The level of CD59 expression has been associated with immunomodulatory functions of mammalian oligodendrocytes as well as their susceptibility to complement-mediated lysis (Koski et al., 1996; Scolding et al., 1998; Ramaglia et al., 2009; Zeis et al., 2016). Indeed, experimental rodents lacking CD59 display enhanced demyelination in both experimental autoimmune encephalomyelitis (Mead et al., 2004) and the Aquaporin 4-IgG injection model of neuromyelitis optica (Zhang and Verkman, 2014; Yao and Verkman, 2017), in agreement with the view that CD59-expression protects against complement-mediated degeneration (Piddlesden and Morgan, 1993; Kolev et al., 2010). We thus speculate that the comparatively high abundance of CD59 in zebrafish myelin reflects relevance in inhibiting complement-dependent demyelination. However, further studies will be required to resolve the precise role of CD59 for myelin sheaths in the healthy and diseased nervous system. Interestingly, recent studies using both zebrafish and mice have revealed that individual myelin sheaths can be pruned by microglia, which may represent a form of myelin plasticity (Hughes and Appel, 2020; Djannatian et al., 2021). It is tempting to speculate that individual myelin sheaths may be susceptible to elimination if displaying a comparatively low abundance of CD59 or, vice versa, may be prevented from pruning by accumulating a high level of CD59. In this respect, it is interesting to note that the abundance of CD59 in myelin purified from mouse brains is low at an early developmental stage representing myelin biogenesis and increases coinciding with myelin maturation. Indeed, the observed heterogeneity of zebrafish mOL with respect to cd59 mRNA expression may reflect the existence of newly formed and advanced mOL subpopulations. It will be interesting to address the functional relevance of this phenomenon and possible age-dependent changes in future studies.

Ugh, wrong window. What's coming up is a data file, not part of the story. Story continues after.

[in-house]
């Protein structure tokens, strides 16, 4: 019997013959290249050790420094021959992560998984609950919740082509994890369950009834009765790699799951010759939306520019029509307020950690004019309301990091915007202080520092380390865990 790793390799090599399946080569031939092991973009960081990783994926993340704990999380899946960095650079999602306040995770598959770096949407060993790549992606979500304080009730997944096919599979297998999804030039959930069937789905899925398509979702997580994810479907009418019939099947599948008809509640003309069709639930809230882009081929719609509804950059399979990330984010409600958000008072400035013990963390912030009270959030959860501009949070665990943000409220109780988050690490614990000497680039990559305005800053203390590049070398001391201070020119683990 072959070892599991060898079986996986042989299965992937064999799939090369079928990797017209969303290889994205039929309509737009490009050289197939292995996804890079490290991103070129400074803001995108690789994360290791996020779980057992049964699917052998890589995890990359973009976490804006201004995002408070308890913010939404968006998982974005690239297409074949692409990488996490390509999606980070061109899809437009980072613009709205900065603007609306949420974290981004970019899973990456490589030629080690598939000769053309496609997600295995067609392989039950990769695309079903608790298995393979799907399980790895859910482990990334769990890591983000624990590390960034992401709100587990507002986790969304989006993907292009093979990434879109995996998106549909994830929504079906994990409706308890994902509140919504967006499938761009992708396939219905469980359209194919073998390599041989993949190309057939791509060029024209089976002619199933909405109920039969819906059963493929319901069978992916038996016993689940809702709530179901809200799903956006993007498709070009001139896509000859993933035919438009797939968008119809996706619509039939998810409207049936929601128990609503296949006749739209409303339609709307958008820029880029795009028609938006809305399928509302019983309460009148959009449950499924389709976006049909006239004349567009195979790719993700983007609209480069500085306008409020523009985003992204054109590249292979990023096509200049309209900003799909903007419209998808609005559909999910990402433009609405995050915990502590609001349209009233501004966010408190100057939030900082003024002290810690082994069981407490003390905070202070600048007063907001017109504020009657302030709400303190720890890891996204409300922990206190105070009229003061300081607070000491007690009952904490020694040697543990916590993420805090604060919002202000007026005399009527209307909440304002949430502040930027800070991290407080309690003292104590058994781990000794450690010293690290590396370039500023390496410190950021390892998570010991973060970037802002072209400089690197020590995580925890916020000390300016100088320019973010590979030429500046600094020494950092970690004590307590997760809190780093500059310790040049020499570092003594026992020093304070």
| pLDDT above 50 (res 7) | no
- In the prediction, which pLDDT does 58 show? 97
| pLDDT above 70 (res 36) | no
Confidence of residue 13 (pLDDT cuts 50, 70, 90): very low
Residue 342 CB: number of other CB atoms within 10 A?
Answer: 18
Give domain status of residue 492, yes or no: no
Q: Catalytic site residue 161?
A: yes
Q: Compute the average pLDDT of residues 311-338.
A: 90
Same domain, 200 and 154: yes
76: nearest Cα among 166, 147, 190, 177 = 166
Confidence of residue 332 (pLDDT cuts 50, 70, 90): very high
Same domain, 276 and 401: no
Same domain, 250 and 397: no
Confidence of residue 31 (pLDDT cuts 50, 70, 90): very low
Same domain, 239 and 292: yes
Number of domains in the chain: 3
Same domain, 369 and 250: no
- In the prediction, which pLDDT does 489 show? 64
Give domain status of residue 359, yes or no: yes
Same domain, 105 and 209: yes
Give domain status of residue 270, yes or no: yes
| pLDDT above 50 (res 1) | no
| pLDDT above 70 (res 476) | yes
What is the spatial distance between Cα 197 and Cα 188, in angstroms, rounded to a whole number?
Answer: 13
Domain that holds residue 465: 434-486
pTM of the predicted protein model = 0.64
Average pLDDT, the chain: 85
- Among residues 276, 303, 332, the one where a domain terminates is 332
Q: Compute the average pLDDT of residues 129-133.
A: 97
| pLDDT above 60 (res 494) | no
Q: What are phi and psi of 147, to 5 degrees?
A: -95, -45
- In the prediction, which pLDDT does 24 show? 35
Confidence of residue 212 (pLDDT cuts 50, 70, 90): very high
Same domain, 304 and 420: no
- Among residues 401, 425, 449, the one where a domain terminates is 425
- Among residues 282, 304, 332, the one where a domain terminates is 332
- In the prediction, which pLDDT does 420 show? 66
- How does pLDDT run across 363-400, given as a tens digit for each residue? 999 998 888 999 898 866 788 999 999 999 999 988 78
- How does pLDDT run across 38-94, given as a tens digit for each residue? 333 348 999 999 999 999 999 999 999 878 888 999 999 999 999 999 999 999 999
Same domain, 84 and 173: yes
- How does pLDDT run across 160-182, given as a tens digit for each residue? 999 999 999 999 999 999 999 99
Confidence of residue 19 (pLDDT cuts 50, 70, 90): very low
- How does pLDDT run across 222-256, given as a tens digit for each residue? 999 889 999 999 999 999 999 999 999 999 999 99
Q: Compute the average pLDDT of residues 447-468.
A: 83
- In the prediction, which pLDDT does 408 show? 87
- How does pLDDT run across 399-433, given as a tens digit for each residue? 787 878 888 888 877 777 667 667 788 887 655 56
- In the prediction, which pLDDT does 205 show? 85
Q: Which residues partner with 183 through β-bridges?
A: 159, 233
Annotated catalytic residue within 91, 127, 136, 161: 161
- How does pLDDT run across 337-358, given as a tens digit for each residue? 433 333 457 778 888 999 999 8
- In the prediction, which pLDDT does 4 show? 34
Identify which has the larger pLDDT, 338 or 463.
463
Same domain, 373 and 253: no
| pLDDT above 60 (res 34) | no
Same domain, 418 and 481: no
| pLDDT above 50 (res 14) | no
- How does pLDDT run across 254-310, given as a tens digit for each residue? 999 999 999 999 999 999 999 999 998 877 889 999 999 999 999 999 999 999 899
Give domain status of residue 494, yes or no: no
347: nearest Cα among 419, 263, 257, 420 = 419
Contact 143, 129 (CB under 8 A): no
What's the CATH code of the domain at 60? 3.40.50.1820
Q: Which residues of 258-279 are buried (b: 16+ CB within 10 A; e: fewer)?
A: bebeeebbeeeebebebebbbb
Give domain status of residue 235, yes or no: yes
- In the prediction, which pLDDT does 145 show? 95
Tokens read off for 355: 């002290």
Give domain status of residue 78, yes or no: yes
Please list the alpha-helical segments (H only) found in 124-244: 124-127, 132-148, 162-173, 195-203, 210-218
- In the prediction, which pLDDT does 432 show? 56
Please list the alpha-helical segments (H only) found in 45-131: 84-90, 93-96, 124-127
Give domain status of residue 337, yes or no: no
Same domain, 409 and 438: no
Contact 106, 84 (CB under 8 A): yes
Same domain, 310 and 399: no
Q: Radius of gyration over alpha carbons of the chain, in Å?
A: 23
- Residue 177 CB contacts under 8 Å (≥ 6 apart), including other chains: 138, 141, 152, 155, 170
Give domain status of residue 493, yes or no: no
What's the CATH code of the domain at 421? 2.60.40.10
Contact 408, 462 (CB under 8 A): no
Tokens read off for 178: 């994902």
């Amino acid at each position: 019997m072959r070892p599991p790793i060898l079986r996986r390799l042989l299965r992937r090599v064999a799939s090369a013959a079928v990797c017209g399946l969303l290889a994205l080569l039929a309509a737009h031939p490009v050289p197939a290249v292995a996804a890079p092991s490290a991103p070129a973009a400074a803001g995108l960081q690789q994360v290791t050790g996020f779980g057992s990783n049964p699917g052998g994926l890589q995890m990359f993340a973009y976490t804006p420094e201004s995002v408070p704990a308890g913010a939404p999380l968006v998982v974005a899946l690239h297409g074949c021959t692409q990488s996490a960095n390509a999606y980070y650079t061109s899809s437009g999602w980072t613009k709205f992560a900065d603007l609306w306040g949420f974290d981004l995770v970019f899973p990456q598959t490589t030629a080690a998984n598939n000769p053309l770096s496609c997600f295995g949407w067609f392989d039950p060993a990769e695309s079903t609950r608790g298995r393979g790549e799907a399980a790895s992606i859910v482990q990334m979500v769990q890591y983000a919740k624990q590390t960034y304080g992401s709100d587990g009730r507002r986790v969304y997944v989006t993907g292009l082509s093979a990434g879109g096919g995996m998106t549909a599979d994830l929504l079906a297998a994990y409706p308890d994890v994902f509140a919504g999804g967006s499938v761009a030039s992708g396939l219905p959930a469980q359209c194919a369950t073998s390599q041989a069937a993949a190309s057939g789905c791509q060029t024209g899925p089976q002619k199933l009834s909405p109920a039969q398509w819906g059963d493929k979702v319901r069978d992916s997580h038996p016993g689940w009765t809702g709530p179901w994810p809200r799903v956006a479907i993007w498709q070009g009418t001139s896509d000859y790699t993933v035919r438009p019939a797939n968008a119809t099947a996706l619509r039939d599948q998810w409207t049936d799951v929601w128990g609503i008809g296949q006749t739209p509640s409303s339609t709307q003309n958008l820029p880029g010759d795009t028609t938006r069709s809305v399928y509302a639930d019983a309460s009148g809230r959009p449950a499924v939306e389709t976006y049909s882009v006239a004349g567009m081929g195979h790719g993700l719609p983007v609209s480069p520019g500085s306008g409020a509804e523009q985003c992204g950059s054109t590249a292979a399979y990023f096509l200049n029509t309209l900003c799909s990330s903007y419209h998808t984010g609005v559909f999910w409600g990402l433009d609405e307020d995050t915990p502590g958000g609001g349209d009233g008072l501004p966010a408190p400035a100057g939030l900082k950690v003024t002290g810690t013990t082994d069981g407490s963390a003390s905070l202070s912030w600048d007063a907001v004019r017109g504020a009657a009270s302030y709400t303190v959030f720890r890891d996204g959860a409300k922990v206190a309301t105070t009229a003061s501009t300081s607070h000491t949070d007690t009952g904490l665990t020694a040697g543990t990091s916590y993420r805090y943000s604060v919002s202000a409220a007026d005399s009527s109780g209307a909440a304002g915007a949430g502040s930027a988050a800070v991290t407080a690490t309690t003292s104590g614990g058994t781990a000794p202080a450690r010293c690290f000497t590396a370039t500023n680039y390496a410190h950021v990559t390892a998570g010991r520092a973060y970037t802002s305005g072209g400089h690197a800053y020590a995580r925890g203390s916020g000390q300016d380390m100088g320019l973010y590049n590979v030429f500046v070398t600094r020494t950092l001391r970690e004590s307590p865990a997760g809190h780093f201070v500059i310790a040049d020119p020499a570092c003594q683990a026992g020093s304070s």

As exemplified by CD59, the relative abundance of a myelin protein can differ markedly between zebrafish and mice, and some proteins such as MPZ and 36K are even CNS myelin constituents in zebrafish but not in mice. Vice versa, no ortholog was identified in zebrafish myelin for several classical mammalian myelin proteins including MOBP, MOG, CLDN11, and PLLP. Together, this indicates evolutionary heterogeneity of the CNS myelin proteome. On the other hand, the zebrafish myelin proteome comprised orthologs of a surprisingly large number of myelin proteins originally identified in rodents. Not unexpectedly, this includes structural myelin proteins such as PLP (PLP1a and PLP1b) (Schweitzer et al., 2006; Möbius et al., 2008), MBP (MBPa and MBPb) (Nawaz et al., 2013), and septins (SEPT4b, SEPT7b, and SEPT8b), which form a stabilizing filament in CNS myelin that prevents pathological myelin outfoldings at least in mice (Patzig et al., 2016a; Erwig et al., 2019b). Myelin-associated cell adhesion molecules with Ig-like domains (CNTN1b, MAG, NFASCb, and CADM4) (Haenisch et al., 2005; Djannatian et al., 2019; Elazar et al., 2019a, b; Klingseisen et al., 2019) were also identified as myelin constituents in both zebrafish and mice, indicating that major molecules that mediate axo-myelinic interactions are conserved between teleost fish and mammals, at least in part. Intriguingly, several enzymes enriched in mouse myelin (CNP, SIRT2, and PADI2) (Werner et al., 2007; Edgar et al., 2009; Falcão et al., 2019) were also identified (as orthologs) in zebrafish myelin, implying functional relevance beyond mammals. Finally, the zebrafish myelin proteome comprises multiple tetraspanins (CD9b, CD81a, CD82a, and TSPAN2a), of which orthologs were previously reported in rodent myelin (Terada et al., 2002; Ishibashi et al., 2004; Mela and Goldman, 2009; De Monasterio-Schrader et al., 2013). Considering their immunomodulatory functions (Zeis et al., 2016), the presence of these proteins in myelin of species as distinct as zebrafish and mice may reflect the existence of a functional core myelin proteome in maintaining a healthy nervous system. We thus believe that further exploitation of the present myelin proteome resource is promising toward better understanding molecular and functional heterogeneity and similarities of myelin across the vertebrate clade.